Jamie Farndale: Scotland set off in defence of Sevens cup title

The Scotland team celebrate their victory in last season's London Sevens tournament at Twickenham. Picture: Getty.
The Scotland team celebrate their victory in last season's London Sevens tournament at Twickenham. Picture: Getty.
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For a fortunate few rugby
players across the world, the sun-seeking World Rugby Sevens season kicks off today. Fifteen core teams will once again compete in more than ten international tournaments, culminating in Paris in June.

As months of gruelling pre-season training draw to a close, the eyes of sevens rugby playing nations turn to Dubai. There is nothing like a lengthy off-season to build 

Dubai is one of the more surreal tournaments on the World Series. With an ever-growing skyline pushing up out of the desert, artificial islands and even helicopters available on Uber, the extreme luxury of the place is hard to miss.

The exuberance of Dubai carries over to the Sevens event itself. South-east of the city, surrounded by miles of desert, a multitude of pitches host varying levels of invitational tournaments across rugby and netball.

Surrounding this are partying fans, making their way between “fan villages” and events. The excitement and buzz of the place is palpable.

Pre-season has been long and hard for all teams. For us, there is an exciting new feel to the squad with a new head coach, John Dalziel, who has taken over from Calum MacRae, and a new conditioning coach, Derick Speirs.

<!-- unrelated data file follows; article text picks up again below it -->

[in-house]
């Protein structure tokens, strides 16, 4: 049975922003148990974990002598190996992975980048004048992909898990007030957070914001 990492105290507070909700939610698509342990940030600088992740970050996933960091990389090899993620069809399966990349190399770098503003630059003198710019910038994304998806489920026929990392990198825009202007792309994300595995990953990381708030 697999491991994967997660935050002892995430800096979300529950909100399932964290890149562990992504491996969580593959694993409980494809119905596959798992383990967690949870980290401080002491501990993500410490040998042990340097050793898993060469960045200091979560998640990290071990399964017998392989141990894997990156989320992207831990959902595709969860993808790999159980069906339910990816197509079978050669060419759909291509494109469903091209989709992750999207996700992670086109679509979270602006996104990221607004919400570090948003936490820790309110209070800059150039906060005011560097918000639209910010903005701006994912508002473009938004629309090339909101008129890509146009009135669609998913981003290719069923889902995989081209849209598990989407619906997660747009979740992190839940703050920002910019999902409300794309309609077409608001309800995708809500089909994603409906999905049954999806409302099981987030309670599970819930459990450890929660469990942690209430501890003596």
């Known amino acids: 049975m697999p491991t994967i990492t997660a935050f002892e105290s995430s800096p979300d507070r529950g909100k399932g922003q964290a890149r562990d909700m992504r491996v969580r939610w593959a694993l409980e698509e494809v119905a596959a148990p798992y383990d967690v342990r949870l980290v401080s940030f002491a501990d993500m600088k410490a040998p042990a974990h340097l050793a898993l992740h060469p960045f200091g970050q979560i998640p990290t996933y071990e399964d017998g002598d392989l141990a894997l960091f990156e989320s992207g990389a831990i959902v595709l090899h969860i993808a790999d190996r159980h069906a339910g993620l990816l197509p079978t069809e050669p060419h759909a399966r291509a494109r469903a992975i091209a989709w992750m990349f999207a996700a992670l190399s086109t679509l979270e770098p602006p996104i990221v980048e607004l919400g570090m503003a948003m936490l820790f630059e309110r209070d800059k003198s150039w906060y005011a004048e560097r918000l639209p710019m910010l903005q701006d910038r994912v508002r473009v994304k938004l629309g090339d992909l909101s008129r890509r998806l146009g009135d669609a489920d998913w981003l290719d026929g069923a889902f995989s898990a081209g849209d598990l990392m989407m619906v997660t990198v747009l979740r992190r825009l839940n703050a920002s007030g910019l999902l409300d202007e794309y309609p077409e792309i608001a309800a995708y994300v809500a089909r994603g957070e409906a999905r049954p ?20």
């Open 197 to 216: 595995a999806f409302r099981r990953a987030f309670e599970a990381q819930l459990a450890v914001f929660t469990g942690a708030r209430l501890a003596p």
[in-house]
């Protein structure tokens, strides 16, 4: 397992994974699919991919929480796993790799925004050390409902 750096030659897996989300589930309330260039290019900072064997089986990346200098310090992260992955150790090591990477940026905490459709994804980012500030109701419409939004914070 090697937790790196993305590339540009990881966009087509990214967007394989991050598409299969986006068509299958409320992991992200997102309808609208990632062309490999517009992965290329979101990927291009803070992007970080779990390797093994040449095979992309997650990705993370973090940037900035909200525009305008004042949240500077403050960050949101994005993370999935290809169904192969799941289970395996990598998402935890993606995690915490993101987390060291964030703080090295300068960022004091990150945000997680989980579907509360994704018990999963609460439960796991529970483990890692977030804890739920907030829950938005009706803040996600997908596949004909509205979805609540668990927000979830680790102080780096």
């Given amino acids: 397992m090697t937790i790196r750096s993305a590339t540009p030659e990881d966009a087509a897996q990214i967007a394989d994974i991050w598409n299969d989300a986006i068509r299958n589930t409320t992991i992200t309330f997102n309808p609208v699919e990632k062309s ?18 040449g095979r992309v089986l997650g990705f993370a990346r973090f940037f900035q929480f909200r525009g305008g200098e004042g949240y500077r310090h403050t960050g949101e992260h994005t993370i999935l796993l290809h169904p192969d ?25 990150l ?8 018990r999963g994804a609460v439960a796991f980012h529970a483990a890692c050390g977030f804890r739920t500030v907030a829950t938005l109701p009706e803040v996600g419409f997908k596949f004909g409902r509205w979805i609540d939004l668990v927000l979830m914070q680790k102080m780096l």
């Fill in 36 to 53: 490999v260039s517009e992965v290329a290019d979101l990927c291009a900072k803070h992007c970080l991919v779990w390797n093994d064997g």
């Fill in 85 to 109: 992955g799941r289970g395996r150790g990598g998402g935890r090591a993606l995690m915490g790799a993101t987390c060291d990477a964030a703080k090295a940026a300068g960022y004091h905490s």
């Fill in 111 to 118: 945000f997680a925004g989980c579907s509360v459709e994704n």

Derick has made an immediate impact, with the team running punishing, rugby-specific, fitness sessions, alongside early-morning sessions in the “heat chamber”. Just imagine moving a bike machine into a sauna and cycling as hard as you can for 50 minutes!

John, who won the Melrose Sevens twice as a player, has brought a wealth of specialist knowledge with him and applied it to our contact work and set piece. Evidence of this was apparent in our pre-season tournament in South Africa, in which we reached the final, only losing out to our hosts.

This tournament at Stellenbosch University was a good opportunity for a number of new players in the squad to impress, especially in the final against a strong and experienced World Series-winning 
Blitzboks side.

Sevens tournaments can be a hard place for a new player. Living out of a bag, getting to grips with daily routines, new players, new calls, new coaches and all in a different country. However, as a tight-knit squad of 12, I have always admired how accommodating the Sevens environment is. The new players have arrived, fitted in, and above all, are performing well.

We go into the Dubai tournament, for the second year running, as the previous tournament’s cup holders after ending last season with a retention of our London title at Twickenham.

Those victories last spring, over New Zealand, a first ever for any Scottish team, the USA, and, finally, England, beating them in their own backyard, still sit fresh in our memories.

Days like this are what drive us as a team. In our group, we match up against France, Spain and England. We learned at Twickenham last year that tournaments are not won in the group stages. However, a strong start to the tournament, and 
indeed the season, will put us in good stead.

In France and Spain, we know to expect two sides full of attacking flair, offloads and footwork. In the England game, we know that the vast numbers of ex-pat supporters will create an amazing atmosphere in that evening game.

With new players, new coaches and a new season, that includes both a Commonwealth Games in Gold Coast and a Sevens World Cup in San Francisco, 2017-2018 promises an exciting time ahead for the Scotland Sevens team.